A Bering Strait Inuit belt fastener in the form of an anthropomorphic seal’s face

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Object Description

A Bering Strait Inuit belt fastener in the form of an anthropomorphic seal’s face the carved walrus ivory with large inlaid baleen eyes and tattooed eyebrows

Size: 2cm high, 1.5cm wide, 1cm deep – ¾ ins high, ½ ins wide, ¼ ins deep / 8.5cm high – 3¼ ins high (with base)

Object History

Ex Private UK collection

Object Literature

On the shores of the Arctic Ocean, life was never easy. The Eskimo made their adjustment to their extreme environment so long ago that at first glance their culture seems never to have changed. This is, of course, not the case as over the centuries they have developed many diverse skills to an extremely high degree; they made paper thin clothing from animal skins, they developed very exacting hunting techniques necessary in their very difficult terrain, and they invented a system of transportation which was superbly adapted to the frozen land and sea.
Men were responsible for all big game hunting, for the construction of houses and boats, for the manufacture of tools, weapons, utensils and artefacts made of wood, stone, bone and ivory and for the protection of the family from physical danger. Women were responsible for the processing of all game and the preparation of food, for all work in skins and grass, for the gathering and seasonal foraging of products such as berries and roots, and for the general operation of the household. The pursuit of small game and certain varieties of birds and fish was either shared or differed between men’s and women’s work from one region to another. In this way the harsh, barren landscape and severe weather was overcome.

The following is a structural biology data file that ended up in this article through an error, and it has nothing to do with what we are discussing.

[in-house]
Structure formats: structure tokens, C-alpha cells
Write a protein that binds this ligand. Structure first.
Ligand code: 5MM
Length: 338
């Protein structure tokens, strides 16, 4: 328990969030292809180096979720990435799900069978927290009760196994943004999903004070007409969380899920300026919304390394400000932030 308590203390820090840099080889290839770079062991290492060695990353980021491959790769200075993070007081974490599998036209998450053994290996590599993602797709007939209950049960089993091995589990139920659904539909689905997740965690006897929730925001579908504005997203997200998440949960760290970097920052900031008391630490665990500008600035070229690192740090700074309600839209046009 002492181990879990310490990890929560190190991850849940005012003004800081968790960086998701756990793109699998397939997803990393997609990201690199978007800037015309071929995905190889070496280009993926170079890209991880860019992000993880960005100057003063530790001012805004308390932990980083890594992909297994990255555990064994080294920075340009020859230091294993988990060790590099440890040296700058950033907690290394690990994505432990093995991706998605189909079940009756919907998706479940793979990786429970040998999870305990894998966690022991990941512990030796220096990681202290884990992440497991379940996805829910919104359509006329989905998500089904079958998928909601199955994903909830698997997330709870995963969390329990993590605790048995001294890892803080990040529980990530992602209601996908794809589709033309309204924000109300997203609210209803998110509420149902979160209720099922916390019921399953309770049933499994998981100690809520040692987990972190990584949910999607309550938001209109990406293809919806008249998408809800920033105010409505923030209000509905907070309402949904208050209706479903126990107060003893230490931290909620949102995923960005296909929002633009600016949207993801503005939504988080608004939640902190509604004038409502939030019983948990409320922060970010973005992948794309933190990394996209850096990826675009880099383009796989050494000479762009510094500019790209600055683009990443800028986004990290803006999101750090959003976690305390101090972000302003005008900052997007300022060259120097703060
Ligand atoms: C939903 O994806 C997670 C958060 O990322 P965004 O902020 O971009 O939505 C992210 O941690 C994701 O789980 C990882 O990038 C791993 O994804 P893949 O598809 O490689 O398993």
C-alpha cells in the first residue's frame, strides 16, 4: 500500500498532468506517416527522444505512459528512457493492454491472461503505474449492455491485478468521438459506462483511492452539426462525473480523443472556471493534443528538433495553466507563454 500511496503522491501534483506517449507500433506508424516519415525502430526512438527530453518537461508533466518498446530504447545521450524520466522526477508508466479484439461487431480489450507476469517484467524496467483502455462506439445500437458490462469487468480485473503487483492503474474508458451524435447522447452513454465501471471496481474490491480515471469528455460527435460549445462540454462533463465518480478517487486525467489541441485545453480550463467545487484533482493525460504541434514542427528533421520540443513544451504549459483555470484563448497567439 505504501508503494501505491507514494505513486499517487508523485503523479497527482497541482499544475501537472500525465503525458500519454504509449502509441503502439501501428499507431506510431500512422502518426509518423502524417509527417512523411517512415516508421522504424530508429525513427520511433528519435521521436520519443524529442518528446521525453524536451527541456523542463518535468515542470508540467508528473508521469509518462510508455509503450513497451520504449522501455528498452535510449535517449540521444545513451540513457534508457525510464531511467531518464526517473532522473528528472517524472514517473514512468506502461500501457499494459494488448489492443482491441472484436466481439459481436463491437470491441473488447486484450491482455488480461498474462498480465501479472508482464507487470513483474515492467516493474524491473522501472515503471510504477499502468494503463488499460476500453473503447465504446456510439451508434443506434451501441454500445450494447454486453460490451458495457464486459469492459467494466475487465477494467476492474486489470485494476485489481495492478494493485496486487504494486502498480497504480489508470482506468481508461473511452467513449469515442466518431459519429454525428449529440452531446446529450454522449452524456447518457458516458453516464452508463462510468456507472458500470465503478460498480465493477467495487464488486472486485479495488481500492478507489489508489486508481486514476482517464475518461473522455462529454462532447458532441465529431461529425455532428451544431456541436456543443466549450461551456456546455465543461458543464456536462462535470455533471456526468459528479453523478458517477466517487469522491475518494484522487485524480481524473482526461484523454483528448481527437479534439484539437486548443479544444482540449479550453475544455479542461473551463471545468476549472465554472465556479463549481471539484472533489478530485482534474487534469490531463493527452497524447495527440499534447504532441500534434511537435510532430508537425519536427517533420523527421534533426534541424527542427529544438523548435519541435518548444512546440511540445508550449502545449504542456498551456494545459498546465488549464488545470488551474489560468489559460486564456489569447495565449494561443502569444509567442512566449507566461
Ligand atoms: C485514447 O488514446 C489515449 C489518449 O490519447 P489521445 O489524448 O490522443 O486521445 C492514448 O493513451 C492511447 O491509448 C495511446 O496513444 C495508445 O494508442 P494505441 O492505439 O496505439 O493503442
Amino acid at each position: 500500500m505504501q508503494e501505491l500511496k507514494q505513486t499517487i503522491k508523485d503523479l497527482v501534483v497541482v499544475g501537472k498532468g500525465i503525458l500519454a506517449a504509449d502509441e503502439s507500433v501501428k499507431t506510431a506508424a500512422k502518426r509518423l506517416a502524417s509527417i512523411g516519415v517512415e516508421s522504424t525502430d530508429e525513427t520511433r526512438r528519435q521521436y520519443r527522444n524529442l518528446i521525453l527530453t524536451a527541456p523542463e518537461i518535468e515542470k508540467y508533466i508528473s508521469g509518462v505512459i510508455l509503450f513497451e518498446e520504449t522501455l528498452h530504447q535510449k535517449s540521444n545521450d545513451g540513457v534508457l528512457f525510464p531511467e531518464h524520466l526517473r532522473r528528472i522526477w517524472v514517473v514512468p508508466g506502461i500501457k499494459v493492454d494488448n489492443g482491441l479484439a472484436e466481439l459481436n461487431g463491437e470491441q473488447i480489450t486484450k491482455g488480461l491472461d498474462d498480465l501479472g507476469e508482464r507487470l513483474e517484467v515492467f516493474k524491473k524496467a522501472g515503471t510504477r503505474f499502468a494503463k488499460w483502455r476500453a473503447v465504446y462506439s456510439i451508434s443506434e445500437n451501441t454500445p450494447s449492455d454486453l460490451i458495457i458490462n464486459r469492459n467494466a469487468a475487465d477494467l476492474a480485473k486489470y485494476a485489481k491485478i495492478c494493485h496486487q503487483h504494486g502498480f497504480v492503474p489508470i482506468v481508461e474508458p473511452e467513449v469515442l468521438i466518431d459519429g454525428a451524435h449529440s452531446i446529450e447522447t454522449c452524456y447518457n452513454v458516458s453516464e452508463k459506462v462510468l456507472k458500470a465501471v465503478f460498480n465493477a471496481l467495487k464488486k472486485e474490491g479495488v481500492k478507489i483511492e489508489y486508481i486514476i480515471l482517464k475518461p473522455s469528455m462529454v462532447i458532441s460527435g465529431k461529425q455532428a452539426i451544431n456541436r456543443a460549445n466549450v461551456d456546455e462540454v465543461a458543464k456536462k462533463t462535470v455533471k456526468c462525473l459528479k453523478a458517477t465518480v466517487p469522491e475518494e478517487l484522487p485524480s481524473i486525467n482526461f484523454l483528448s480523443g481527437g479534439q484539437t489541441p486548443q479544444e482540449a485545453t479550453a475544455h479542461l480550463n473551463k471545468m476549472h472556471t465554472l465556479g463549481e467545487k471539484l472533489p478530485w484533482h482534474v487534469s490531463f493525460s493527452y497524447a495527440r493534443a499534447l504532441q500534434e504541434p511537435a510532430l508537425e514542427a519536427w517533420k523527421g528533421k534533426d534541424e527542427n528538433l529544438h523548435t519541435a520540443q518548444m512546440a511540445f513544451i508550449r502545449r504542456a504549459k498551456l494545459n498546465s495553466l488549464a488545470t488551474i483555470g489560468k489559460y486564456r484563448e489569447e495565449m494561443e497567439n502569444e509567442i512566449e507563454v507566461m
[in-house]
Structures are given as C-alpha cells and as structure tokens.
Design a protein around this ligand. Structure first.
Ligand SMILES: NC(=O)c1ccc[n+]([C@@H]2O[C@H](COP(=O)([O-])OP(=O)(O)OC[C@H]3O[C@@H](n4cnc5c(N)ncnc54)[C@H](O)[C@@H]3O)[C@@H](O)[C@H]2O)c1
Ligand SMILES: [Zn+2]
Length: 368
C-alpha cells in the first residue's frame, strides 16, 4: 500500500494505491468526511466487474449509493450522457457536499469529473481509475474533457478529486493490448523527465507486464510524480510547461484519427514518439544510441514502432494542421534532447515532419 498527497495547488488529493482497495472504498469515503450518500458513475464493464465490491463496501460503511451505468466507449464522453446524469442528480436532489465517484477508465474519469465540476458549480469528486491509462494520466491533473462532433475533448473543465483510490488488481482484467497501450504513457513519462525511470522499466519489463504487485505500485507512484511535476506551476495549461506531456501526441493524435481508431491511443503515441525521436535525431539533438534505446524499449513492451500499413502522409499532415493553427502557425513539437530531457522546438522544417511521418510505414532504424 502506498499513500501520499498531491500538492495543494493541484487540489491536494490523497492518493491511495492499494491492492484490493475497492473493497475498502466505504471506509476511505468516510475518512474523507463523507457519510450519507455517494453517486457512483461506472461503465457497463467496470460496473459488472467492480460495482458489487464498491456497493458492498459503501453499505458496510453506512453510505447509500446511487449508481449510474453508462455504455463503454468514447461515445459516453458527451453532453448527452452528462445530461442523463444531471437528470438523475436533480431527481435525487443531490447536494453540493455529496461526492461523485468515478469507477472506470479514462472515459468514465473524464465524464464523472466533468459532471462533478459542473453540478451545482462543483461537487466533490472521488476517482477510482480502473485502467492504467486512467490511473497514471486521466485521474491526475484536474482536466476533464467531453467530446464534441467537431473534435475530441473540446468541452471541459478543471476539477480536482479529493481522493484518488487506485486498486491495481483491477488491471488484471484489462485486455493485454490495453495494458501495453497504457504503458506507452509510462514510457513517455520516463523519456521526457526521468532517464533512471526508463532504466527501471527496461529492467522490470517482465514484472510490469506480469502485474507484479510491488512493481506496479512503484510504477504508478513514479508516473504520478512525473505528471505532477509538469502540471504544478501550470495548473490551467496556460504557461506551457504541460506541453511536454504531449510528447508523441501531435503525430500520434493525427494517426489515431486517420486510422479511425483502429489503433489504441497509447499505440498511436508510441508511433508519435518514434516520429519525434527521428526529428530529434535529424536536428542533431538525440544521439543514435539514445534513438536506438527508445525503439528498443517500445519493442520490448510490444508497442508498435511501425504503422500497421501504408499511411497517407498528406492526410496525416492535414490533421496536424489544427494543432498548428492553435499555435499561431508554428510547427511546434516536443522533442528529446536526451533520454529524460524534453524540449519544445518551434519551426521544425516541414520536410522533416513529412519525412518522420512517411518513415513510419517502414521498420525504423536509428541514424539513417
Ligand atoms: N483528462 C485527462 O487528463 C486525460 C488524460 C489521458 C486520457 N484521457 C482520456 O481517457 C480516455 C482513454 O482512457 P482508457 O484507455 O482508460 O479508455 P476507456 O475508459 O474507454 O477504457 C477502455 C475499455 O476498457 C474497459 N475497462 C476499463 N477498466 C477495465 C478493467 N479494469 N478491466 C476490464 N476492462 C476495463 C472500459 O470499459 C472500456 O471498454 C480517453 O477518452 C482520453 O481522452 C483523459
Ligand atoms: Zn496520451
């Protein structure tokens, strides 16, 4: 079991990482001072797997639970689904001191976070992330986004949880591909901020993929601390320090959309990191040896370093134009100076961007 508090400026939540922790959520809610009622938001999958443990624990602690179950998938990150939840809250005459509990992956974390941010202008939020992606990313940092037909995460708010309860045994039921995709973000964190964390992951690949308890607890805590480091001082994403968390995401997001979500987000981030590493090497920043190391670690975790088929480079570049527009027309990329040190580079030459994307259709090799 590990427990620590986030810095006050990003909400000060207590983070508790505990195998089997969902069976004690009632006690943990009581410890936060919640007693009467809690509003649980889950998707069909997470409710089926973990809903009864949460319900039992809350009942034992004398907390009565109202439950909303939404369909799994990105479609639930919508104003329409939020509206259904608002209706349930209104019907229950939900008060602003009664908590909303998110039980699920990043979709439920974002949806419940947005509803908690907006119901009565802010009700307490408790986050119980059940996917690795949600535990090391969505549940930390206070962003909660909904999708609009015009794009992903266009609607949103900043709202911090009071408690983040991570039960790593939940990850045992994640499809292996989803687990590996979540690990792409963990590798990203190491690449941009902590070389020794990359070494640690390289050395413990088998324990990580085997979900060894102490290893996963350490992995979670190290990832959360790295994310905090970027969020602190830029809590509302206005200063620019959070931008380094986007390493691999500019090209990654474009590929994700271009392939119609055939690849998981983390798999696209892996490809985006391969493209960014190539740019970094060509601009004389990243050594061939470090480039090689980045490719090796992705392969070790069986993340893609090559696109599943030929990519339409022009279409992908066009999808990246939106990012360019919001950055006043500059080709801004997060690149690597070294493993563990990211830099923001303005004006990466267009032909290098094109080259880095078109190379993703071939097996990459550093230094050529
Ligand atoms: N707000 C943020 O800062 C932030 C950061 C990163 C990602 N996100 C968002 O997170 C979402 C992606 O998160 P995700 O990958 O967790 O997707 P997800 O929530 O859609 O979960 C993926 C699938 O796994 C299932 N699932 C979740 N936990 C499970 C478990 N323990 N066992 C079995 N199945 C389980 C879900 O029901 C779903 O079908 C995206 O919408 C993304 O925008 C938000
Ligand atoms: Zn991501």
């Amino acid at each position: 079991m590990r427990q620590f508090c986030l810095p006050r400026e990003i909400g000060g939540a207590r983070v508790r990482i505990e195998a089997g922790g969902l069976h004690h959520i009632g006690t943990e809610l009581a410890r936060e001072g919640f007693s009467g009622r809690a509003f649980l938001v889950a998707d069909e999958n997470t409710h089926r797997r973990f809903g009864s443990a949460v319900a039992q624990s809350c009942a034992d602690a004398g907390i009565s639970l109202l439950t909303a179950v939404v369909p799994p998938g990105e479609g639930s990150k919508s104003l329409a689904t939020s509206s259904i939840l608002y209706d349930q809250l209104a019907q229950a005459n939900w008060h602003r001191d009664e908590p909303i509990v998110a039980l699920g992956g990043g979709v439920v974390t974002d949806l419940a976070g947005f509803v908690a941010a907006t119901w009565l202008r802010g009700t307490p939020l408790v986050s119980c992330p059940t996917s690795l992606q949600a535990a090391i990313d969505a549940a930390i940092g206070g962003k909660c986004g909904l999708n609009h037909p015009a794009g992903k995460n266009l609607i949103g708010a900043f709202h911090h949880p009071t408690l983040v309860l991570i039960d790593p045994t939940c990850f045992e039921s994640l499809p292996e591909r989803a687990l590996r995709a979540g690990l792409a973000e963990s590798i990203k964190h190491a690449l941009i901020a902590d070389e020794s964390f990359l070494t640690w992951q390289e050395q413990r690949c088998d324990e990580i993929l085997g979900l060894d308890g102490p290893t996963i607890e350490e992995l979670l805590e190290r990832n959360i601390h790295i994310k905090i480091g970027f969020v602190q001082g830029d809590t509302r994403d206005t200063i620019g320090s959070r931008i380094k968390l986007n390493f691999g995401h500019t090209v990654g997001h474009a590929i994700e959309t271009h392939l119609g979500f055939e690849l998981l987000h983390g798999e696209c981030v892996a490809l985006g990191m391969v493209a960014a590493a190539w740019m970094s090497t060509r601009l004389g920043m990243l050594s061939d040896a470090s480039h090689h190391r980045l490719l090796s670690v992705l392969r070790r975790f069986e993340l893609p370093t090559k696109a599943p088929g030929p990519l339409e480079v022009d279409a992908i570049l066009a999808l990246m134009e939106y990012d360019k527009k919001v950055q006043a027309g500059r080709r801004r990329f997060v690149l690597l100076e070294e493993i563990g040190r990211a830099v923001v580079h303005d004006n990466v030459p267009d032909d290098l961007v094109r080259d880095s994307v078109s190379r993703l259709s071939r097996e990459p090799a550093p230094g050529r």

Object Details

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